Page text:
Illinois Birth Injury Lawsuit Filed Over Depakote

A federal lawsuit has been filed by a man who claims he suffered from birth defects as a result of his mother taking the medication Depakote while she was pregnant with him.

Depakote, or valproate, is a medication used to treat epileptic seizures, manic depressive disorder and migraine headaches. However, its use by pregnant women has been associated with side effects that include birth injuries such as spina bifida, cleft palate, genitourinary malformations and cognitive defects.

The plaintiff, Jasper James, claims that his mother took valproate during the early months of her pregnancy and he was subsequently born with spina bifida. The case was filed in the U.S. District Court, Southern District of Illinois, naming Abbott Laboratories, the manufacturer of Depakote, as the defendant. The plaintiff seeks a jury trial and damages in excess of $75,000, exclusive of interest and costs.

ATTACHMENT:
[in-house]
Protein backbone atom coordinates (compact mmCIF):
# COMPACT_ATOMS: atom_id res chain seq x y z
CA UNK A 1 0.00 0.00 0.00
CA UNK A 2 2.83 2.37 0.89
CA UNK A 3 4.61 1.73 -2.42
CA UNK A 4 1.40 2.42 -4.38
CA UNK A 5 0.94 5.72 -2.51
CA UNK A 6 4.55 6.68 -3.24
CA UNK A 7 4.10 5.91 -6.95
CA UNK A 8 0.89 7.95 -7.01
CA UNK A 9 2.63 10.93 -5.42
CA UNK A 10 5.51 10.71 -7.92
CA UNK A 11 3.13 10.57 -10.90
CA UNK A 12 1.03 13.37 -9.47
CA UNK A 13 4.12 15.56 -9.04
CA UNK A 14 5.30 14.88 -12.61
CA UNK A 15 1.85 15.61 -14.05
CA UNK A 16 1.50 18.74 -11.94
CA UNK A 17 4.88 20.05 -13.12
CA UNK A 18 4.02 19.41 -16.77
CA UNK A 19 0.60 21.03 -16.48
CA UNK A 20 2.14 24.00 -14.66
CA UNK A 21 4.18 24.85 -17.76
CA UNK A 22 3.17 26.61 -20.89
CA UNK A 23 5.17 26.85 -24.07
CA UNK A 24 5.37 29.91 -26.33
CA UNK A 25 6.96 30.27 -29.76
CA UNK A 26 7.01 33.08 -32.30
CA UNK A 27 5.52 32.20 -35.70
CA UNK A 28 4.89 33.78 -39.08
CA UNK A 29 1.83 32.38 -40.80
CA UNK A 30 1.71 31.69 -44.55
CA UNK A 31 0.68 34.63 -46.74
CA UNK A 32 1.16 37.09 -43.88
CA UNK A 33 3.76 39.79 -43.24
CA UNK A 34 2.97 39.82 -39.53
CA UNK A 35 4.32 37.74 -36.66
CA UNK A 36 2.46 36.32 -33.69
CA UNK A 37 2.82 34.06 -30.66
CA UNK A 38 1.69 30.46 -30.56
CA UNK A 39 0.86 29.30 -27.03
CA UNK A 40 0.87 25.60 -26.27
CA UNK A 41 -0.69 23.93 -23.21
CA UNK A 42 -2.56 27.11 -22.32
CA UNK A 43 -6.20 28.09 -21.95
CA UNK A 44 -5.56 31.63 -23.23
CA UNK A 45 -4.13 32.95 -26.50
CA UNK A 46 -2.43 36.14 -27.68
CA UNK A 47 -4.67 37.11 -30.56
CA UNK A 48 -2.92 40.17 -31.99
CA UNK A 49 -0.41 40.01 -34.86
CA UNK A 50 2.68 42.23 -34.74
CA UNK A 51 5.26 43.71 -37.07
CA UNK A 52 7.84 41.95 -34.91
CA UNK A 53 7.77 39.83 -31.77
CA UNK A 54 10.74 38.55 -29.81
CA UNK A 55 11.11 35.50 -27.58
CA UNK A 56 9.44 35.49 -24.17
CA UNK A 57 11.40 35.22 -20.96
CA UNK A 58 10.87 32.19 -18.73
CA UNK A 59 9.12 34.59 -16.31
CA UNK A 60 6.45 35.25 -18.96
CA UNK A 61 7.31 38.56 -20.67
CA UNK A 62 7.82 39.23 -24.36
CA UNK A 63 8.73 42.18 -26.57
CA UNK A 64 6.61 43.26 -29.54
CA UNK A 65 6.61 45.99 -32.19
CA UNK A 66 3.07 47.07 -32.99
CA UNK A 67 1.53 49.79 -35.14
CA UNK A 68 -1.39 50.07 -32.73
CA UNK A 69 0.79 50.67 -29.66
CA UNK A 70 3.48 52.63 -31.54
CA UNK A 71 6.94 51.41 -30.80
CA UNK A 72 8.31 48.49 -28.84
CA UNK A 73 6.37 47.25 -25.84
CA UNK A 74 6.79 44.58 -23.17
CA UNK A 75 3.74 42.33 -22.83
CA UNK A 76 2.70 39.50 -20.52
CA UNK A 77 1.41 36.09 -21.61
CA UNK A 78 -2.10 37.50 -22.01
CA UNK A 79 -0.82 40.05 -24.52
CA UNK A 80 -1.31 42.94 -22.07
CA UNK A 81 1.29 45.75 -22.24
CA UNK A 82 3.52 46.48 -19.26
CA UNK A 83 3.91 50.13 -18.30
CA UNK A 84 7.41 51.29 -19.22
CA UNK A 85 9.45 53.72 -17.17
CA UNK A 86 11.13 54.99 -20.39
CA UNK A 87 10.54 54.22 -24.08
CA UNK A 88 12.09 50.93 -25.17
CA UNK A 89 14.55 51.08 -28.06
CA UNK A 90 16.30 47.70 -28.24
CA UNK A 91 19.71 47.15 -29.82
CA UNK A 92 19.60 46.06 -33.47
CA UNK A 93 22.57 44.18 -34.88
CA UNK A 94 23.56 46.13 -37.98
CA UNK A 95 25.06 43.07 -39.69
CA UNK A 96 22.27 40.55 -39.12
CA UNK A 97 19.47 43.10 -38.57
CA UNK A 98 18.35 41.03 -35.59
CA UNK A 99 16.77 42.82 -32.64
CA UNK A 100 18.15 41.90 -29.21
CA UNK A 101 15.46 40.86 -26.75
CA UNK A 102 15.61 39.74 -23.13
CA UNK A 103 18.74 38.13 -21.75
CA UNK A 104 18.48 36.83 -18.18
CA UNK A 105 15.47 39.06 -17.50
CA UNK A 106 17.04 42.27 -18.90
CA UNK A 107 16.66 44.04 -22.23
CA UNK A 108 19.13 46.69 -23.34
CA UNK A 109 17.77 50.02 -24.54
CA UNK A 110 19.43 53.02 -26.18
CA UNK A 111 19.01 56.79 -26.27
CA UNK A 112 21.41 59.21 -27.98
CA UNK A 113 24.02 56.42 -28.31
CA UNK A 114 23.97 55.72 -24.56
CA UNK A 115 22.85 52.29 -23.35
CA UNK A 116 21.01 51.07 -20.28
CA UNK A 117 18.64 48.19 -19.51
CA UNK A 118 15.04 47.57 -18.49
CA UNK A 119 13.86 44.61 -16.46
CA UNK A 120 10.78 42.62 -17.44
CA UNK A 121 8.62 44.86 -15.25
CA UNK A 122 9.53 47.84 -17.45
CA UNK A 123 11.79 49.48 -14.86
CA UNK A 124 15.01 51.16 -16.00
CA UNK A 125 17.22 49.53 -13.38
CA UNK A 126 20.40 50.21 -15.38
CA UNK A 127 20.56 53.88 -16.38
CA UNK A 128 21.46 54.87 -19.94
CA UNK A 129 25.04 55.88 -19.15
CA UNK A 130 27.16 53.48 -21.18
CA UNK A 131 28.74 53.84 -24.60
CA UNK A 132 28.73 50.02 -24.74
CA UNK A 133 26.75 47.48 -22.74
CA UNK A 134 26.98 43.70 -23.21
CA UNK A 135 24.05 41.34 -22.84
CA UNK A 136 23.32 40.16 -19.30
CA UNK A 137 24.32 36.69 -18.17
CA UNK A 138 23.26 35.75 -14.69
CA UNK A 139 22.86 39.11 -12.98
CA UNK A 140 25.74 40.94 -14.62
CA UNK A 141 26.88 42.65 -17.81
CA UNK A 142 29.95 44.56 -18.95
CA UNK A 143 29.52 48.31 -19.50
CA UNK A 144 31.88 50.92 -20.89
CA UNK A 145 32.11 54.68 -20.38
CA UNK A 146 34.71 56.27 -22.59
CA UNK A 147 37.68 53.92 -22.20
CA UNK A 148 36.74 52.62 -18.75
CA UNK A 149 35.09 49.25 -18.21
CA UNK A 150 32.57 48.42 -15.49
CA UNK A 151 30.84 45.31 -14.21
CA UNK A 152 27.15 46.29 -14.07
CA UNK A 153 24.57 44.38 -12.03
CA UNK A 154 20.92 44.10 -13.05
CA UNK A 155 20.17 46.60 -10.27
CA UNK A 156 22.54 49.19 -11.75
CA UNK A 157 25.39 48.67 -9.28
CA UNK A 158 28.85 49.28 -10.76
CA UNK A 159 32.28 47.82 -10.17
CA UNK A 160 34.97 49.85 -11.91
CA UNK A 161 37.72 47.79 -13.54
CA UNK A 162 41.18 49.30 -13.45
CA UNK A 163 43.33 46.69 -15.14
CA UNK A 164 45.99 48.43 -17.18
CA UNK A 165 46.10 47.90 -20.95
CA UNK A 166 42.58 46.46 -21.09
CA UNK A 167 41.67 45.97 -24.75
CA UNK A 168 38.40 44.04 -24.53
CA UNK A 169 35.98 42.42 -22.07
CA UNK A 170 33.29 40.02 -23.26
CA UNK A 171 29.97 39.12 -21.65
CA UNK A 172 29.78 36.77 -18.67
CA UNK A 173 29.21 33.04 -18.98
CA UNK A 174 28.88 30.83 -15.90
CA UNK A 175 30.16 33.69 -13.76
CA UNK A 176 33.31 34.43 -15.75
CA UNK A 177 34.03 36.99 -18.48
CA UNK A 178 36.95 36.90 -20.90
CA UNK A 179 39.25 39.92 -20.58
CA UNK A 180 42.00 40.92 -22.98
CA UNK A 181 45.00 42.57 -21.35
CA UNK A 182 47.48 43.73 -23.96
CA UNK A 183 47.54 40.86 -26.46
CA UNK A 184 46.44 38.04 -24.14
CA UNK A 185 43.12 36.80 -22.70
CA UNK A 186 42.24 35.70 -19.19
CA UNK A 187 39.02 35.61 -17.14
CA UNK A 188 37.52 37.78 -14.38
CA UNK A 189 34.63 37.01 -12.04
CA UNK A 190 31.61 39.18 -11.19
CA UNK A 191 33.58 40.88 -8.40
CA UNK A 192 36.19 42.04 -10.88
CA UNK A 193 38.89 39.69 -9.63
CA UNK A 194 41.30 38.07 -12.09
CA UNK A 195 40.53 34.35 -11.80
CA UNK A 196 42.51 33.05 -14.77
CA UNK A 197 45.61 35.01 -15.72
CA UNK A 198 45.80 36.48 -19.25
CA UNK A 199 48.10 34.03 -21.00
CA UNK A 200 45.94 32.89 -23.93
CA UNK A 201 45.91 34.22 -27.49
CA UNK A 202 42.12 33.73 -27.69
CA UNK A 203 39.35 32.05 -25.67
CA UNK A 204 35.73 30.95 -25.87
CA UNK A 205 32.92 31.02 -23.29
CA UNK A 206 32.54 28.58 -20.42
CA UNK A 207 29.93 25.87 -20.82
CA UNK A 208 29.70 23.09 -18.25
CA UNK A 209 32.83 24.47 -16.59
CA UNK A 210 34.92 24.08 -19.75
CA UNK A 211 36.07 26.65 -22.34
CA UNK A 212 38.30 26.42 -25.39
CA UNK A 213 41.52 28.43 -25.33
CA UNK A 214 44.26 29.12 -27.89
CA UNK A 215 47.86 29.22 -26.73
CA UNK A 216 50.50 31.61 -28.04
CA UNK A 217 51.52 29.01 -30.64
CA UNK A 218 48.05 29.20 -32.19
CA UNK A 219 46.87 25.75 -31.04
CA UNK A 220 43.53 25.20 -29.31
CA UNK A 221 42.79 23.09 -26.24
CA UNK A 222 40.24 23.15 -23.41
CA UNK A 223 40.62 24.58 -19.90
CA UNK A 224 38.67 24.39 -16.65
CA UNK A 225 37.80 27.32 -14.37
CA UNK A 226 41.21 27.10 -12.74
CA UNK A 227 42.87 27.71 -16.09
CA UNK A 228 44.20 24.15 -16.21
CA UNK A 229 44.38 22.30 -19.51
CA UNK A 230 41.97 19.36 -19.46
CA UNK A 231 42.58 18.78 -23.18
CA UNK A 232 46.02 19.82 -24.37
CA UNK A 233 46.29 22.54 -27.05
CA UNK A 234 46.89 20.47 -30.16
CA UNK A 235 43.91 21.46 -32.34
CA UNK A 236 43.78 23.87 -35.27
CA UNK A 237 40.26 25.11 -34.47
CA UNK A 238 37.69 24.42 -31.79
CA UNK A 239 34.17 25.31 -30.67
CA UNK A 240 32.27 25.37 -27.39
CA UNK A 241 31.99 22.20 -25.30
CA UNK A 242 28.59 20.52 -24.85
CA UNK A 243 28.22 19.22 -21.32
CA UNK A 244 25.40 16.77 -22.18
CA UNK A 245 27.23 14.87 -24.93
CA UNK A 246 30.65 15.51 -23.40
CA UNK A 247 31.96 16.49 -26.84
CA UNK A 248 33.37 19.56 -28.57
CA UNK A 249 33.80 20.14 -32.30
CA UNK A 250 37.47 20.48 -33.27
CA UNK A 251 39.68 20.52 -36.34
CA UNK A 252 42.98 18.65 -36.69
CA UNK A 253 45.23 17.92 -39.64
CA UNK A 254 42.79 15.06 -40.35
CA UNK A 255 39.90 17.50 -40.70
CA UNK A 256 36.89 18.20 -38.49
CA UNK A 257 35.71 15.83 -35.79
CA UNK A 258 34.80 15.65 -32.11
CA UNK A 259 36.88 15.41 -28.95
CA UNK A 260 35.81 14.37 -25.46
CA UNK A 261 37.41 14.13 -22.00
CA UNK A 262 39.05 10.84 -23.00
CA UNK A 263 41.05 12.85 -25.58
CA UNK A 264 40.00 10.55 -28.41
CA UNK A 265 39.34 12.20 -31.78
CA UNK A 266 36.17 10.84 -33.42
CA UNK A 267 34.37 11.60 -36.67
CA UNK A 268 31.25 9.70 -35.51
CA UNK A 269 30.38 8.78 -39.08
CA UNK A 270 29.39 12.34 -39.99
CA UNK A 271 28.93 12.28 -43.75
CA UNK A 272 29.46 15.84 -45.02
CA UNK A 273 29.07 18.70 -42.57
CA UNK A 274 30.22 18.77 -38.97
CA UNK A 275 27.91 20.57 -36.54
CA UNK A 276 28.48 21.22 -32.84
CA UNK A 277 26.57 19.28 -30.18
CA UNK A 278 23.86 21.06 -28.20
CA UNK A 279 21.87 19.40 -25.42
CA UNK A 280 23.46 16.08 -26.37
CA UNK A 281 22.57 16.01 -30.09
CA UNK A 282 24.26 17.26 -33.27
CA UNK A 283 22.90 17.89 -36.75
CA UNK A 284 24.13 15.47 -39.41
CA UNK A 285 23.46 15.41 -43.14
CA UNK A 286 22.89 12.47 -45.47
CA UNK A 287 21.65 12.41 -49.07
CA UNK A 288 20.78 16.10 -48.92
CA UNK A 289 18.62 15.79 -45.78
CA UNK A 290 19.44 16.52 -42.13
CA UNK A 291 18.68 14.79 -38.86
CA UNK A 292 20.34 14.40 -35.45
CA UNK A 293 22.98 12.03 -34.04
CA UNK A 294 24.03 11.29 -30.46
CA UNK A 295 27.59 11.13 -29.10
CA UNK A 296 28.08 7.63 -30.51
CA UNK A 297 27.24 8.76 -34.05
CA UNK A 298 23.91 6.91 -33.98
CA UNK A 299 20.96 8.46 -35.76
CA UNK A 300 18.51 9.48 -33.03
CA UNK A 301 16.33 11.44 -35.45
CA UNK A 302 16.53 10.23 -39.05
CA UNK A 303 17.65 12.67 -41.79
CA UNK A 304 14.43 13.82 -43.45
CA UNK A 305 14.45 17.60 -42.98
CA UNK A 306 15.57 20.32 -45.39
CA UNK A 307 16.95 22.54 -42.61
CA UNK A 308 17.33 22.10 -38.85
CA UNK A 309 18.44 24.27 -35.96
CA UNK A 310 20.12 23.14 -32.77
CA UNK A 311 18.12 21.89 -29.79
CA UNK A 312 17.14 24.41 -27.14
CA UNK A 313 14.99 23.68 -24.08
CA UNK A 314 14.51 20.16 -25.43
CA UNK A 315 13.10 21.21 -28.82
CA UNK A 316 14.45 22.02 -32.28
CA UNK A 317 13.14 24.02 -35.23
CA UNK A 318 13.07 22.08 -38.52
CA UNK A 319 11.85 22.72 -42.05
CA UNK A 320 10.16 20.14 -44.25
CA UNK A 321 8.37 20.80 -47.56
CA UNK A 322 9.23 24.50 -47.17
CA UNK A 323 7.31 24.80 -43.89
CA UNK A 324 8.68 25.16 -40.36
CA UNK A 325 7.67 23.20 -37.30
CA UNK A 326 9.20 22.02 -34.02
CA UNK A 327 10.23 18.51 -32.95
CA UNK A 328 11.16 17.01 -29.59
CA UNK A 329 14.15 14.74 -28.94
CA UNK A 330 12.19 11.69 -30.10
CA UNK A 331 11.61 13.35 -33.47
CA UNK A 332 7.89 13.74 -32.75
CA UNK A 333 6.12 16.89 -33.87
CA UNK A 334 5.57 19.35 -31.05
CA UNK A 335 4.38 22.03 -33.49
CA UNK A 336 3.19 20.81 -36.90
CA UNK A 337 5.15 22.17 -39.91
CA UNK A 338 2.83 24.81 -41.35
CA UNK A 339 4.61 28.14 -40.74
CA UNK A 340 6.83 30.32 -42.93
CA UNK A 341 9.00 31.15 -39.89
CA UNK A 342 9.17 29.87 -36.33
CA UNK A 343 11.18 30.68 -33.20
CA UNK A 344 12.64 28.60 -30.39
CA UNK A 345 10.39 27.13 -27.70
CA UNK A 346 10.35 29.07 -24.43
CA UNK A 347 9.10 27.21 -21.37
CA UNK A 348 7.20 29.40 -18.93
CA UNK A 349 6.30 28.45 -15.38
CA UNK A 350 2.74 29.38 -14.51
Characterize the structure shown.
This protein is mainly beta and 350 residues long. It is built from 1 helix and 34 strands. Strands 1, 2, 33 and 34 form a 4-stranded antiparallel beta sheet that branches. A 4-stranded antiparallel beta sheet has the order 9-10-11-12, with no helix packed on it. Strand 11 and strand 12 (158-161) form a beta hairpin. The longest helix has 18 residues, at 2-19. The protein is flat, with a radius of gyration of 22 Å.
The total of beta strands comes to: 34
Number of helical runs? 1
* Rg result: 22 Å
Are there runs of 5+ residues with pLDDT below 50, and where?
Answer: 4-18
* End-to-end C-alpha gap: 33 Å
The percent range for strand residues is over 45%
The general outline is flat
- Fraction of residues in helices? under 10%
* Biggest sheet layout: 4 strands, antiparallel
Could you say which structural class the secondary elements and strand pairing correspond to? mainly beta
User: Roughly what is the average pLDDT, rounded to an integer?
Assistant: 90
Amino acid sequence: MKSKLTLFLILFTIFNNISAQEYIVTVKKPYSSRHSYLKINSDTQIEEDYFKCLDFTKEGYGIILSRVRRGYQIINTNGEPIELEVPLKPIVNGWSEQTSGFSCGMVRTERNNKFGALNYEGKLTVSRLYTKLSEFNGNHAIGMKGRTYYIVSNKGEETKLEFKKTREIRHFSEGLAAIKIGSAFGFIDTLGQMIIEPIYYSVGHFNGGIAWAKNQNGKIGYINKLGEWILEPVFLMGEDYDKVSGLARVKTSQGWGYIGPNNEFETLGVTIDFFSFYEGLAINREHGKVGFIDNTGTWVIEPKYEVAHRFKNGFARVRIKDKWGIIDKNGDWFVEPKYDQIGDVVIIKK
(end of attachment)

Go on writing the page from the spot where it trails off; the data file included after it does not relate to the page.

The lawsuit accuses Abbott Laboratories of inadequate testing, defective design, failure to properly warn, and distribution of a medication that presented dangers to the health of the unborn. The complaint claims that the defendant sought to downplay the risks of the drug.

According to allegations in the lawsuit, medical research has determined that other anti-epileptic drugs are less risky than Depakote for women who are pregnant or may become pregnant. One study found the rate of birth defects to be ten times greater with Depakote than with other similar drugs. The complaint claims that the defendant was aware of birth defects associated with Depakote on or before the date it began selling the drug in the United States.

Bob Briskman is a Chicago birth injury lawyer and Chicago birth injury attorney with Briskman Briskman & Greenberg. To learn more call 1.877.595.4878 or visit